“A great many ancient European fortresses figured prominently in the six-year conflict. Consider these.”
FROM ITS PERCH HIGH ATOP THE FAMOUS White Cliffs, the sprawling fortress of Dover Castle protected England’s shores from invasion for hundreds of years. Overlooking the 21-mile stretch of sea separating the British Isles from France, the mighty 12th Century citadel was long considered the “Key to England.” No foreign army could hope invade the island without passing beneath its formidable walls.
Amazingly, when Britain went to war against Germany in 1939, the 800-year-old bastion was once again pressed into service.
Not only did Dover’s elevated ramparts make ideal observation posts, miles of historic tunnels cut deep into the chalk deep beneath the castle were converted into air raid shelters at the outset of hostilities. The fortress also housed a communications hub from which the RAF and Royal Navy coordinated search and rescue operations for pilots lost over the English Channel and North Sea. But most famously, bunkers deep within the cliffs concealed a top secret command post from where in 1940 Admiral Sir Bertram Home Ramsay planned and directed the evacuation of more than 330,000 British and Allied soldiers from Dunkirk.
And Dover isn’t the only Medieval-era castle that was on the front lines of the Second World War. A great many ancient European fortresses figured prominently in the six-year conflict. Consider these:
The Colditz Cooler
The 15th Century stronghold at Colditz in Saxony became one of the most notorious prisoner-of-war camps in the whole of the Third Reich. The Nazis initially seized the one-time lunatic asylum in 1933 and converted it into a prison for the regime’s most hated political dissidents. But with the outbreak of war six years later, Colditz was transformed into a POW facility for Allied officers. Known as Oflag IV-C, Berlin was confident that the castle’s seven-foot thick walls, as well as its location atop steep cliffs, would make it virtually escape-proof to the more than 1,200 inmates that would eventually be housed there. They were wrong. As many as 36 prisoners managed to break out of the infamous detention centre between 1939 and 1945. In fact, theirs are some of the most daring escape stories of the Second World War. These tales have since been immortalized in a series of books, television series and films.
The towering Wewelsburg Castle near Büren, Westphalia wasn’t just home to a leadership academy for Heinrich Himmler’s SS. The sprawling three-sided fortress, parts of which date back to the 9th Century, also became ‘ground-zero’ for the Nazis’ outlandish research into ancient Germanic mythology, Nordic mysticism and the paranormal. It housed a massive archive of ancient texts and documents as well as a trove of artifacts unearthed by the Fuhrer’s army of archeologists. Himmler, who thought of the SS as a sort of latter-day chivalric order, imagined that the castle would become the spiritual epicenter of Nazism, that is of course once victory over the Allies had been secured. To that end, he transformed the bastion’s north tower into a richly symbolic shrine to National Socialism, complete with an eternal flame. The quirky Schutzstaffel Reichsführer even ordered that all SS-Ehrenring “deaths-head honor rings” be recovered from the fingers of fallen officers and returned to Wewelsburg where they were kept in a large vault hidden deep within the castle’s walls. The stronghold was captured by U.S. troops on April 2, 1945 — Himmler’s plans on making Wewelsburg the zentrum der neuen welt or the “center of the new world” would never be realized.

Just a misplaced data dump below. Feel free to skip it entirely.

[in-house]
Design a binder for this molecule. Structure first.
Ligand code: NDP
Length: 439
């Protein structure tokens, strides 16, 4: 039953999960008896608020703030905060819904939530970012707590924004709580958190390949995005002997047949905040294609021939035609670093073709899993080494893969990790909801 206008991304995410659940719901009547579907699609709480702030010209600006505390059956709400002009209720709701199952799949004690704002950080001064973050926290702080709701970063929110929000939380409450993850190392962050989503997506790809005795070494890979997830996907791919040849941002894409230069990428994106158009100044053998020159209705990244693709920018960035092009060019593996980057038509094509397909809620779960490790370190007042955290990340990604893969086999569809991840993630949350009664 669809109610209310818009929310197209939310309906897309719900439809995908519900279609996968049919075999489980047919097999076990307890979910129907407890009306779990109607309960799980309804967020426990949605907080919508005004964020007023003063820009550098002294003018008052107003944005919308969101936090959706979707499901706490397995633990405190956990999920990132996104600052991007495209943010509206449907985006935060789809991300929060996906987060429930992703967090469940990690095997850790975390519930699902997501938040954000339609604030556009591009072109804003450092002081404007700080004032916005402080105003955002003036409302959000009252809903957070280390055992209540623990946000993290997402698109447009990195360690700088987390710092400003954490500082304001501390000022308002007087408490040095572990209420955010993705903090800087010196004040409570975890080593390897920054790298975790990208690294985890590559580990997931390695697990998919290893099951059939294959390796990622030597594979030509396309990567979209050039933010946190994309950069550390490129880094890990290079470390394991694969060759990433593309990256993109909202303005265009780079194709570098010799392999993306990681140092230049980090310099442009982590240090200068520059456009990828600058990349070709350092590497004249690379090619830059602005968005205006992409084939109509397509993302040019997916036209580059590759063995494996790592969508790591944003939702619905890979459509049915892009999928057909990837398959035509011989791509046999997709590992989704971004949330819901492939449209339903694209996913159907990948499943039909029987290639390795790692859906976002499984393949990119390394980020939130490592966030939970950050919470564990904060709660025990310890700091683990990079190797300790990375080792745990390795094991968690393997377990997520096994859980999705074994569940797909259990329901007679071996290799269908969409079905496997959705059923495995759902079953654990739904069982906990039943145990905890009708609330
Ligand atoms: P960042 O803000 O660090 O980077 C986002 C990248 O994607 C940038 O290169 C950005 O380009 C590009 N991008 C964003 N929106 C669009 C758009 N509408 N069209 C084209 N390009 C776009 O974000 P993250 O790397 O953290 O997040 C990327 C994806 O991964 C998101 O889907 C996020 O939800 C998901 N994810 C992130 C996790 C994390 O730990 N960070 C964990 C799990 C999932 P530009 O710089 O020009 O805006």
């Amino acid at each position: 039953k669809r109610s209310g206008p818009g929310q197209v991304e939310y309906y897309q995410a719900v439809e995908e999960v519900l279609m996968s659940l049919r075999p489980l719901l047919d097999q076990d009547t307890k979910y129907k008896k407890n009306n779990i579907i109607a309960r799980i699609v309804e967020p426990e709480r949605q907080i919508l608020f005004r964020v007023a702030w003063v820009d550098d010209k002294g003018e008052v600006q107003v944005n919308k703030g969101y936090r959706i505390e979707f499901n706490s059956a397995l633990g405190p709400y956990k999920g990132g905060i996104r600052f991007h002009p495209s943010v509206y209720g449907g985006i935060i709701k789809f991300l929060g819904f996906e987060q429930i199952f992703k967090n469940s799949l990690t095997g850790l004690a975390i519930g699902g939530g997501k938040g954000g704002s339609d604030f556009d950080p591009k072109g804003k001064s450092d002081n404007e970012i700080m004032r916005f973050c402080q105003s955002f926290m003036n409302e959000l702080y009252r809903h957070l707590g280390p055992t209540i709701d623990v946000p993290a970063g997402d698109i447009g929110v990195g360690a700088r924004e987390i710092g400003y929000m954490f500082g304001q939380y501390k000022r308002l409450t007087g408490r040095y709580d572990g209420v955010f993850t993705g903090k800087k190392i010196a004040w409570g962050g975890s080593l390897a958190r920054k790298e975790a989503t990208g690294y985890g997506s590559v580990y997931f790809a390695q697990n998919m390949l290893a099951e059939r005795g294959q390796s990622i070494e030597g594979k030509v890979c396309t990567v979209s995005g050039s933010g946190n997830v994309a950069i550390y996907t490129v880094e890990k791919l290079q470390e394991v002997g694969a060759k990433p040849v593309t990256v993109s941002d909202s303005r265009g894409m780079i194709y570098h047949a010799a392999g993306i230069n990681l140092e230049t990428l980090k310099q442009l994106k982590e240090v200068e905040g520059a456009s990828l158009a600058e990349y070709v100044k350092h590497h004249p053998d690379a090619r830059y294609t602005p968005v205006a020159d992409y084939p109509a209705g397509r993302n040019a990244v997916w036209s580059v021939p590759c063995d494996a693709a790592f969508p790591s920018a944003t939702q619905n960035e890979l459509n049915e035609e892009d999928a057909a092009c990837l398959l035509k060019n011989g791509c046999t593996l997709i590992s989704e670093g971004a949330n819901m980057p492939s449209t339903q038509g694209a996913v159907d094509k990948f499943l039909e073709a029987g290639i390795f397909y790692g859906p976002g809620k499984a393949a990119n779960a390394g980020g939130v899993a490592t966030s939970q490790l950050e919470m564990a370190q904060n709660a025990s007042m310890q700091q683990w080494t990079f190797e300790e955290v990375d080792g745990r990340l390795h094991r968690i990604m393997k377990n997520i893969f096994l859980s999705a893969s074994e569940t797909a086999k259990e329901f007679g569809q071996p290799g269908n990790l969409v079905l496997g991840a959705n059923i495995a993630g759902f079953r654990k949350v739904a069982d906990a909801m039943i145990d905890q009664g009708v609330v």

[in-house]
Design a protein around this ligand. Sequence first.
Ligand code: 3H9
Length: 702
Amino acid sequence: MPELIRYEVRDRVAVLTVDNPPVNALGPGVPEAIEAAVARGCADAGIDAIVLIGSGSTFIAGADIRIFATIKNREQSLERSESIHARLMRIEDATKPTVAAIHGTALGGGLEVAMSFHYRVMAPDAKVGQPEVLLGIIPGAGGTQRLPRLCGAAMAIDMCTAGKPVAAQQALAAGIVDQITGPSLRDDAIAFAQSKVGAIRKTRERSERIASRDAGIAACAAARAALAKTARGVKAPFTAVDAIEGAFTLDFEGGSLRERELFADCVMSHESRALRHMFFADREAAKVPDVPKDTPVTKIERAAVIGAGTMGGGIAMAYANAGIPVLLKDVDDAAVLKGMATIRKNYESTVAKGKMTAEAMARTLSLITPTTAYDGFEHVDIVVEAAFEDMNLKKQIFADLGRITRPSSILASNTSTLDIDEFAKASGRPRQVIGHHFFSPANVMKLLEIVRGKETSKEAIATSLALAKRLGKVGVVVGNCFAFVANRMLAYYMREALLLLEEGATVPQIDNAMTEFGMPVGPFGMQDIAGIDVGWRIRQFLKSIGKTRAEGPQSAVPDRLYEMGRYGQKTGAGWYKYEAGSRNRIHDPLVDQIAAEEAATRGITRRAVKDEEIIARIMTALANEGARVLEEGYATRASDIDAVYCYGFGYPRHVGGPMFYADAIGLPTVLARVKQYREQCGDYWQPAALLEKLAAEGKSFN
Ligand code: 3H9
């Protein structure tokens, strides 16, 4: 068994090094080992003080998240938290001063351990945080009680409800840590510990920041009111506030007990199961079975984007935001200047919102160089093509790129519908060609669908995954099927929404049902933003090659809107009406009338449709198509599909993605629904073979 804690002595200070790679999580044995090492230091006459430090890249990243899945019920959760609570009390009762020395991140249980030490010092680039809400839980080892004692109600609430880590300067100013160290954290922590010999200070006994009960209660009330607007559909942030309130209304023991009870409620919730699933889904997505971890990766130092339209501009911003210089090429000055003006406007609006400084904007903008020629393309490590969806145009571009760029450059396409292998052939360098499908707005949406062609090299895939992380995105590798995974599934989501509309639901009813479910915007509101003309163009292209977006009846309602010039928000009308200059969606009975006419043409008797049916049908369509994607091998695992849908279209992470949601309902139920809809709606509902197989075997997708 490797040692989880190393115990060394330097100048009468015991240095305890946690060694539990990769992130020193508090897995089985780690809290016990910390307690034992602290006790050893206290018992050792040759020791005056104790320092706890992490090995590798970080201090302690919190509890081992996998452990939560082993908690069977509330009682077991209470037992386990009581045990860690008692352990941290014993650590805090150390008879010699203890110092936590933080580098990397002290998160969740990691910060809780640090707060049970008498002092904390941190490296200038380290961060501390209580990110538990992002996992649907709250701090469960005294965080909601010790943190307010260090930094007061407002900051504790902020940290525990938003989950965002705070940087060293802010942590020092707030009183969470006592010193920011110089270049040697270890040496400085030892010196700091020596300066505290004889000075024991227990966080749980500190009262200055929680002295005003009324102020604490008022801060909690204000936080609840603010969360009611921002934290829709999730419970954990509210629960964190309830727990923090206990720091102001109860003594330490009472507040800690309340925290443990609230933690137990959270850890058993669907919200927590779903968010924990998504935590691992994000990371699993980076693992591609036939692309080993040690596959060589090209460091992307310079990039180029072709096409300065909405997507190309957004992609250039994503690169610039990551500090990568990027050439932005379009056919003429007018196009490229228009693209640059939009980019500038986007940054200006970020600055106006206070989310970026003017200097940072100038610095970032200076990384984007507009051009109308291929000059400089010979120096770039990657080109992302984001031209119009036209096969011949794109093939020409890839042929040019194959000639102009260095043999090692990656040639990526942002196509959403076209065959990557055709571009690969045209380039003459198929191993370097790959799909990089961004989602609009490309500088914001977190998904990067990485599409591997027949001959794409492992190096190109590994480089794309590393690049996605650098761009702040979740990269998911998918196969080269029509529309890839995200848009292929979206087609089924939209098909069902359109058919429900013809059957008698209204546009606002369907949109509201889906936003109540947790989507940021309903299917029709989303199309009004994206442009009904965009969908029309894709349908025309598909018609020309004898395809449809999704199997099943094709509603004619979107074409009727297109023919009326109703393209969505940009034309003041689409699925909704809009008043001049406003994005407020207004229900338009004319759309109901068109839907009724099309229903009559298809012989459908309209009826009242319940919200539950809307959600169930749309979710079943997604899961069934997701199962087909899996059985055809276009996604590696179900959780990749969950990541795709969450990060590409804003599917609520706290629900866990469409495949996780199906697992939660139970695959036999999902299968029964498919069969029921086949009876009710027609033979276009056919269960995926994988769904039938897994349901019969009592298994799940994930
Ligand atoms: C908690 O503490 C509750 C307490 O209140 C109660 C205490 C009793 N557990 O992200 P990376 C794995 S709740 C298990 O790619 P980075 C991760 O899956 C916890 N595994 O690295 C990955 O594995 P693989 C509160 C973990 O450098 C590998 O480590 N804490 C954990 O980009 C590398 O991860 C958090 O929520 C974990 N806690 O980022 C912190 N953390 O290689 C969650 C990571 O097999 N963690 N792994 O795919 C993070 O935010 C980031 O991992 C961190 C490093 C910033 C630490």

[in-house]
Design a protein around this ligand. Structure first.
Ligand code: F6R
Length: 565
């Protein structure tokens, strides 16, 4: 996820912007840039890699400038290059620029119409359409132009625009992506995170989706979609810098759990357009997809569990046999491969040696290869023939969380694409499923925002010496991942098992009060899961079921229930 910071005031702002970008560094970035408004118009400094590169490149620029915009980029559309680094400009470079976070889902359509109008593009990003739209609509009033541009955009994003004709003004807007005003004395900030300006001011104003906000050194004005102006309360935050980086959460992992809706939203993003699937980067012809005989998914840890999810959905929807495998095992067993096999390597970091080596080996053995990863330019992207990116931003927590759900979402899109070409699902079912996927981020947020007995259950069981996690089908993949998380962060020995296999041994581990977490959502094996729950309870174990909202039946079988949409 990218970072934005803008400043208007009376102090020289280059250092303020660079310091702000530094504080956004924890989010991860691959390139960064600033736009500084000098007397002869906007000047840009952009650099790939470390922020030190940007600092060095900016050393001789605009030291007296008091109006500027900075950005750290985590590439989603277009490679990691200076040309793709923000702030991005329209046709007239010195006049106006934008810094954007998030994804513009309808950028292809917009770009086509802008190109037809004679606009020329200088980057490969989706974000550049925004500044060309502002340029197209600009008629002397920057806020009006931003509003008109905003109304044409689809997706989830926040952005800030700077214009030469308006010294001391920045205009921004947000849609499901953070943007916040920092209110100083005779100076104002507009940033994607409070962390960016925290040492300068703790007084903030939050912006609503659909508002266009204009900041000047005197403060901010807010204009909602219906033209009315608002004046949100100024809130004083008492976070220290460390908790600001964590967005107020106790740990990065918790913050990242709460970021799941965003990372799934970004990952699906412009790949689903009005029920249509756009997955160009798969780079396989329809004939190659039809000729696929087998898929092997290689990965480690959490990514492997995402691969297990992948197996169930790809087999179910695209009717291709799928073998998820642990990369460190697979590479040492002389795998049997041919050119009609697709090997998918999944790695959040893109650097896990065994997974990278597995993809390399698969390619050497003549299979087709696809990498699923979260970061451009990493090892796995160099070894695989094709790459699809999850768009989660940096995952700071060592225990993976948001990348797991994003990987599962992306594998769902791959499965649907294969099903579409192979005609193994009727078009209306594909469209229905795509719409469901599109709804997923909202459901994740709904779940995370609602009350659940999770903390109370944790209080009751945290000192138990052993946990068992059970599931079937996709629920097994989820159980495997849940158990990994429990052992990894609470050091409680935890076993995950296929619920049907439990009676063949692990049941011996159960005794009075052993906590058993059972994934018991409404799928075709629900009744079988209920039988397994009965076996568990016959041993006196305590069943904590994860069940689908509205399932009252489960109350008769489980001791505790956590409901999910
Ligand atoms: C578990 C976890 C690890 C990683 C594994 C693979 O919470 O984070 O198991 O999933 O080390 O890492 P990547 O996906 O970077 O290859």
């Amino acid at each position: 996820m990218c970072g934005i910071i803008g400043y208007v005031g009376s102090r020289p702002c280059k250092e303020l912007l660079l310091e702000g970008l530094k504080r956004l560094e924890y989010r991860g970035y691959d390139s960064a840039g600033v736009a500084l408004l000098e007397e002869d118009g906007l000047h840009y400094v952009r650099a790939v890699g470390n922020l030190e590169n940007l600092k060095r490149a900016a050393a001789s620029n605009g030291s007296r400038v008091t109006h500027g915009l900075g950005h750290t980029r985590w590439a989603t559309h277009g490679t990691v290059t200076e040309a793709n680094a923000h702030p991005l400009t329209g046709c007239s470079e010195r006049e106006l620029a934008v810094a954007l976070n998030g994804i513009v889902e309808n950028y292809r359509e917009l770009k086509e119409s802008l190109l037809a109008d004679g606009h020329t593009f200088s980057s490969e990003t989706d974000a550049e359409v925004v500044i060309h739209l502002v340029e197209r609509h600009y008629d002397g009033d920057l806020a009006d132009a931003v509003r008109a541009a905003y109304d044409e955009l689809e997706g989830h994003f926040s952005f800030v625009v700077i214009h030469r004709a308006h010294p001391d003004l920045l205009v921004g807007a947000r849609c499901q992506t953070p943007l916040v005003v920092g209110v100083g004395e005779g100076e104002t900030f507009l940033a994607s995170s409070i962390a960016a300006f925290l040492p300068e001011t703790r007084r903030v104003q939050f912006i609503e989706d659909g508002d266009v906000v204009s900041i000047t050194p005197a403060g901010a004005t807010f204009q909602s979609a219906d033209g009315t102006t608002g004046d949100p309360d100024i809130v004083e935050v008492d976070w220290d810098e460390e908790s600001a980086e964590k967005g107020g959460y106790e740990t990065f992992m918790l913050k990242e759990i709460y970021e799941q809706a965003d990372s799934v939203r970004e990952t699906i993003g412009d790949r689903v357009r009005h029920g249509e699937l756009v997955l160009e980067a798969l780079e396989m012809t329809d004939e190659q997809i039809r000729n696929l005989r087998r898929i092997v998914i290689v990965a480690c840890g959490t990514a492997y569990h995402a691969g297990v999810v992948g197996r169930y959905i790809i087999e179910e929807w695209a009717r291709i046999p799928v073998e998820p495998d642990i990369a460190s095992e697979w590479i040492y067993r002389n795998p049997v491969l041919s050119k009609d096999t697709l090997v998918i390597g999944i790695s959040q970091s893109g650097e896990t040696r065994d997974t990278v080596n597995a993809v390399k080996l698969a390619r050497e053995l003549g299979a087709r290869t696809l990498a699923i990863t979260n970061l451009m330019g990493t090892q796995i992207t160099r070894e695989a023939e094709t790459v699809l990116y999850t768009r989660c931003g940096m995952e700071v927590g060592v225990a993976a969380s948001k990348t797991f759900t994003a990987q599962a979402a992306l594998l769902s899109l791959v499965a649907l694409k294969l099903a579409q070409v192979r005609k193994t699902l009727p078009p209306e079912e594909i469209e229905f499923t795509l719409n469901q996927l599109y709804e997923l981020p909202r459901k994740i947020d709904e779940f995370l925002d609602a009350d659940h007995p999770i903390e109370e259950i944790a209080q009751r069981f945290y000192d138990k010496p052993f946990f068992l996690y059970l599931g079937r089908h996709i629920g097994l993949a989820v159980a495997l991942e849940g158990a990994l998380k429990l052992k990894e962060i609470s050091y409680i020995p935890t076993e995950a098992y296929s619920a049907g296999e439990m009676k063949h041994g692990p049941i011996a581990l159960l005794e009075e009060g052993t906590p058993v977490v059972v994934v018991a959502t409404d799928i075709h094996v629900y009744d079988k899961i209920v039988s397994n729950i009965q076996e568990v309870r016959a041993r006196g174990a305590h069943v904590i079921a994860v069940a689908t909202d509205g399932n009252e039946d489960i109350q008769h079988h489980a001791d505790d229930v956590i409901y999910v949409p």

The Castle that Helped Sink a Battleship
Archdale Castle, a small and largely forgotten lakeside keep in Northern Ireland, was instrumental in one of the Allies’ most significant naval victories of the Second World War. Located on the shores of Lower Lough Erne near Enniskillen, Archdale served as a major base for Allied PBY Catalina and Short Sunderland flying boats for much of the conflict. Situated at the far western tip of Northern Ireland, the remote outpost provided an ideal calm-water shelter for the Allied long-range patrol planes that ventured deep into the stormy Atlantic in search of German U-boats. A secret deal between London and Dublin allowed British, and later American, flying boats to pass directly over the neutral airspace of the Irish Republic on their way out to their ocean hunting grounds. On May 26, 1941, a PBY from 209 Squadron flying out of Archdale spotted the elusive German battleship Bismarck. Once pinpointed, Royal Navy surface vessels and torpedo planes from the carrier HMS Ark Royal converged on the powerful warship and finished her off. The loss represented a crippling blow to the Kriegsmarine.
The Guns of Pevensey